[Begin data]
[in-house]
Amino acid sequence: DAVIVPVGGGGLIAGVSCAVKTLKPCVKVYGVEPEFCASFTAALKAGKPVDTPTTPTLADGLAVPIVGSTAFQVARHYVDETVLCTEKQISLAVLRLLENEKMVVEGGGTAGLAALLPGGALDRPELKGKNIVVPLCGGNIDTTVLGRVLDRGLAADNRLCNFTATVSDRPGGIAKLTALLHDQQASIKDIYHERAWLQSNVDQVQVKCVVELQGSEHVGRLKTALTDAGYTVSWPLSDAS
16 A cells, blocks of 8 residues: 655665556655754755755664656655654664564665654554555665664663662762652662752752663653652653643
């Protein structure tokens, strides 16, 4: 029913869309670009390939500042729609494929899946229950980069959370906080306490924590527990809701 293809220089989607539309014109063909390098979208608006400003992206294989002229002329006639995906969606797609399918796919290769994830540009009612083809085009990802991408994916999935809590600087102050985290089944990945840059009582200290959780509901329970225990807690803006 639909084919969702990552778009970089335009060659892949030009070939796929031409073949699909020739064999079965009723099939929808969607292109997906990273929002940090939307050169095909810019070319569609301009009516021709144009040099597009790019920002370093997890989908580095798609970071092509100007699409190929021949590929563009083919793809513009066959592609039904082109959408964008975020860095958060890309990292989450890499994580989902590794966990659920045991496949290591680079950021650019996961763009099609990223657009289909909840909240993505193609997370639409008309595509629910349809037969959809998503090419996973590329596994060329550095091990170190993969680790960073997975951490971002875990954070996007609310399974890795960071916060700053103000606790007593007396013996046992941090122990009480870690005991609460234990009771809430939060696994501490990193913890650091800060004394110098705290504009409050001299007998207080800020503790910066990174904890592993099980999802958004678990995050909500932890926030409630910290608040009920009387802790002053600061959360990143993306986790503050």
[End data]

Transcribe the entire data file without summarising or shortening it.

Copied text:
[in-house]
Amino acid sequence: DAVIVPVGGGGLIAGVSCAVKTLKPCVKVYGVEPEFCASFTAALKAGKPVDTPTTPTLADGLAVPIVGSTAFQVARHYVDETVLCTEKQISLAVLRLLENEKMVVEGGGTAGLAALLPGGALDRPELKGKNIVVPLCGGNIDTTVLGRVLDRGLAADNRLCNFTATVSDRPGGIAKLTALLHDQQASIKDIYHERAWLQSNVDQVQVKCVVELQGSEHVGRLKTALTDAGYTVSWPLSDAS
16 A cells, blocks of 8 residues: 655665556655754755755664656655654664564665654554555665664663662762652662752752663653652653643
């Protein structure tokens, strides 16, 4: 029913869309670009390939500042729609494929899946229950980069959370906080306490924590527990809701 293809220089989607539309014109063909390098979208608006400003992206294989002229002329006639995906969606797609399918796919290769994830540009009612083809085009990802991408994916999935809590600087102050985290089944990945840059009582200290959780509901329970225990807690803006 639909084919969702990552778009970089335009060659892949030009070939796929031409073949699909020739064999079965009723099939929808969607292109997906990273929002940090939307050169095909810019070319569609301009009516021709144009040099597009790019920002370093997890989908580095798609970071092509100007699409190929021949590929563009083919793809513009066959592609039904082109959408964008975020860095958060890309990292989450890499994580989902590794966990659920045991496949290591680079950021650019996961763009099609990223657009289909909840909240993505193609997370639409008309595509629910349809037969959809998503090419996973590329596994060329550095091990170190993969680790960073997975951490971002875990954070996007609310399974890795960071916060700053103000606790007593007396013996046992941090122990009480870690005991609460234990009771809430939060696994501490990193913890650091800060004394110098705290504009409050001299007998207080800020503790910066990174904890592993099980999802958004678990995050909500932890926030409630910290608040009920009387802790002053600061959360990143993306986790503050």